Which Canon film bodies still work?

Discussion in 'Canon EOS' started by thomas_sullivan, Jun 27, 2010.

  1. And, seeing as there are two major film bodies, I would also include the FD system in this discussion. This post is mainly because the Nikon people posted their Which Nikon film bodies still work....and I though there was some pretty good Nikon info in it.
    But, I don't shoot Nikon, and ain't switching now........so I thought I'd see what the general thinking on this was. The Nikon people that knew what they were talking about didn't talk about necessarily their own camera, but a more across the board discussion. Meaning, yeah, every model has working cams now...but I'm interested in the ones that as a whole model group have passed the longevity test almost all across the board. If that makes no sense, see the Nikon post and Lex's discusion.
    For ref I own the Canon Elan II and the Canon F-1...and am thinking about buying another EOS Canon body in the possible future as I'm not convinced the Elan II is a keeper.
  2. If it makes a difference, I still have my Canon EOS 1.
    Works great, other then a non working hot shoe. I don't use it much but I am holding on to it. I still have a roll of slide I do believe, so I need to use it withing the next few months.
    Oh, and a 35mm Rebel 2000, saving it for my grand kids or use as a prop/toy in children photography.
  3. As was stated more than once in the Nikon discussion, age really doesn't have that much to do with whether a camera still works -- it's more a matter of how well it's been cared for and how heavily it's been used. Of course there are some issues that relate to time, such as whether it is still possible to obtain compatible batteries, and the old selenium-cell meters may no longer work (and may no longer be accurate even if they do work).
    That said, the main issue one encounters with early EOS bodies is that the black foam used as light seals can degenerate into slime, which, if it gets on the shutter, can be a problem. These light seals are easily replaced by a competent camera tech. That aside, I don't think age is a significant issue with EOS cameras given that the EOS system only dates back to about 1986. Provided I could inspect the camera first, or purchase from a reliable source, I would have few worries about buying any Canon SLR going all the way back to 1959.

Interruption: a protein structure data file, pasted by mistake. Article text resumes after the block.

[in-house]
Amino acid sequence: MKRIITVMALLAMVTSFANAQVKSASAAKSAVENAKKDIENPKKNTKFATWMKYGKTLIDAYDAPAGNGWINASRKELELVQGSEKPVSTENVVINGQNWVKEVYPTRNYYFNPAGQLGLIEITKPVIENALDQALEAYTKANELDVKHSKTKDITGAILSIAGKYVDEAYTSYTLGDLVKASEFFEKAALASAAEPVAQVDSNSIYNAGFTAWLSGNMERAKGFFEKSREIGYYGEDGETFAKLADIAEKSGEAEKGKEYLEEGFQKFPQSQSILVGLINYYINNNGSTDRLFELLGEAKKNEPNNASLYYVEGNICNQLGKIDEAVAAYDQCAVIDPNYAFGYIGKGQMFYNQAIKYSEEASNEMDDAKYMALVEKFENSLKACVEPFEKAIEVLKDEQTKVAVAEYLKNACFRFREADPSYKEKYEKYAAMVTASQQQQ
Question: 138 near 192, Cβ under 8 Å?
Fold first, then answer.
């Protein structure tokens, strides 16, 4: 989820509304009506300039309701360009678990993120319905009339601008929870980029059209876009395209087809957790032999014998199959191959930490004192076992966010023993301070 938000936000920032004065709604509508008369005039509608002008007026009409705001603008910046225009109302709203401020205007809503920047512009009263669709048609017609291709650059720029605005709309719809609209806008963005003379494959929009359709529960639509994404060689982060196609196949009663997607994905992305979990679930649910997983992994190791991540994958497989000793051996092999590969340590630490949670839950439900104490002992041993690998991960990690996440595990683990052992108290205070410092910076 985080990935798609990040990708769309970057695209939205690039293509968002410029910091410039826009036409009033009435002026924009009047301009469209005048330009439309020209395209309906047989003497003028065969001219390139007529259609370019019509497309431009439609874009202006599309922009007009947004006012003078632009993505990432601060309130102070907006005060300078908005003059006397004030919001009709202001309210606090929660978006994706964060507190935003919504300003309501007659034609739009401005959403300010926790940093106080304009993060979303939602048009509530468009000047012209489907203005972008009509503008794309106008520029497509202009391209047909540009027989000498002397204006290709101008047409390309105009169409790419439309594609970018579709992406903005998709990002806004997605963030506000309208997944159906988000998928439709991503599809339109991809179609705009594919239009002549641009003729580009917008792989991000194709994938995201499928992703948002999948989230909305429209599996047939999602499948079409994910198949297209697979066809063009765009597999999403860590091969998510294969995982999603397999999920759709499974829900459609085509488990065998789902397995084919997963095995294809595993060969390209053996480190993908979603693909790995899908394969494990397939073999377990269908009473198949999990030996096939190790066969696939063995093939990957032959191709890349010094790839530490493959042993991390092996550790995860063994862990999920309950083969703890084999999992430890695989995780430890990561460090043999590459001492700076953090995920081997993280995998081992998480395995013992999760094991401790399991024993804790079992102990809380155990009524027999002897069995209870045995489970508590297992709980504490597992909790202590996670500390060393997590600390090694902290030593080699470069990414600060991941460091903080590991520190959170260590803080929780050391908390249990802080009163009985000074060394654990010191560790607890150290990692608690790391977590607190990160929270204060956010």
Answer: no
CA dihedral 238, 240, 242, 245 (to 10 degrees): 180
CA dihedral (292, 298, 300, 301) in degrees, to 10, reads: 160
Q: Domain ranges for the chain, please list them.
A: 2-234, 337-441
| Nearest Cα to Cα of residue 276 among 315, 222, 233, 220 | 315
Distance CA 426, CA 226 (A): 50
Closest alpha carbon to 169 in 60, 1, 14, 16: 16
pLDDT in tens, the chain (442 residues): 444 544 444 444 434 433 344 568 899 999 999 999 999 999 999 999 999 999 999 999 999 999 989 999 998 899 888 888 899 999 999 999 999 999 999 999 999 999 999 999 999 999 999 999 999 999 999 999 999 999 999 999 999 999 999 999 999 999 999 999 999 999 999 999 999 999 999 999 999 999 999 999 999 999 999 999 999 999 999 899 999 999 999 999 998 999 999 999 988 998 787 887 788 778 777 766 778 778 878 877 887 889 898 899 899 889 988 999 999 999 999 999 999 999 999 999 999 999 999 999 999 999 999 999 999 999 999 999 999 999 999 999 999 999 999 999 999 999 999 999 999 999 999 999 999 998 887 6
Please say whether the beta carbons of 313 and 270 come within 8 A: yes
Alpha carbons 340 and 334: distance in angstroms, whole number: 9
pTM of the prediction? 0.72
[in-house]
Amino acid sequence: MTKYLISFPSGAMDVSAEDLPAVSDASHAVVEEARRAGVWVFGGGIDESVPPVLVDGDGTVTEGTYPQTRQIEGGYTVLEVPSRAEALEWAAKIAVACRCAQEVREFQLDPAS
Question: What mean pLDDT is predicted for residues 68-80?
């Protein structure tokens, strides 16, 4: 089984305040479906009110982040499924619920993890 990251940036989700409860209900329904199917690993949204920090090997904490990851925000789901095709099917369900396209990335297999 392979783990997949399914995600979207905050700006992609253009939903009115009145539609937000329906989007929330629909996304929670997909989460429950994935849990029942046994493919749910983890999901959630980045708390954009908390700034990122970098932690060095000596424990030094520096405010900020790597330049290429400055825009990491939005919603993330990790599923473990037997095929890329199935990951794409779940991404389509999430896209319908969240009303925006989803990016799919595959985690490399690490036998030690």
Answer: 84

I have a Canon Elan from the early '90s that still performs flawlessly.
  4. EOS 3

    Just ran an expired roll of Reala through it. Pictures came out perfect, love the ECF and 45 auto focusing points.

    Odd thing is that after each shot, I kept chimping for the missing histogram, and the "memory card" only held 36 shots!
  5. I love my A2. Was a great camera when it was released, still performs as well as when I got it, actually, it probably performs better due to my better lenses now.
  6. My Elan II which I bought used just to be fair, deteriorated just by sitting in the closet. The Mode switch which controls the frame count, just gave way and I could not fix it. The EOS-3 is a much more rugged camera. If you really want a keeper then go for a an Ae1 or Ae2.
  7. My dad told me I could have his A1 when he dies. Problem is, he's healthy, probably has at least another 40 years in him, and he's a doctor....that being said, I can afford one of my own now. He loved it, still uses it occasionally, and honestly it took great pictures.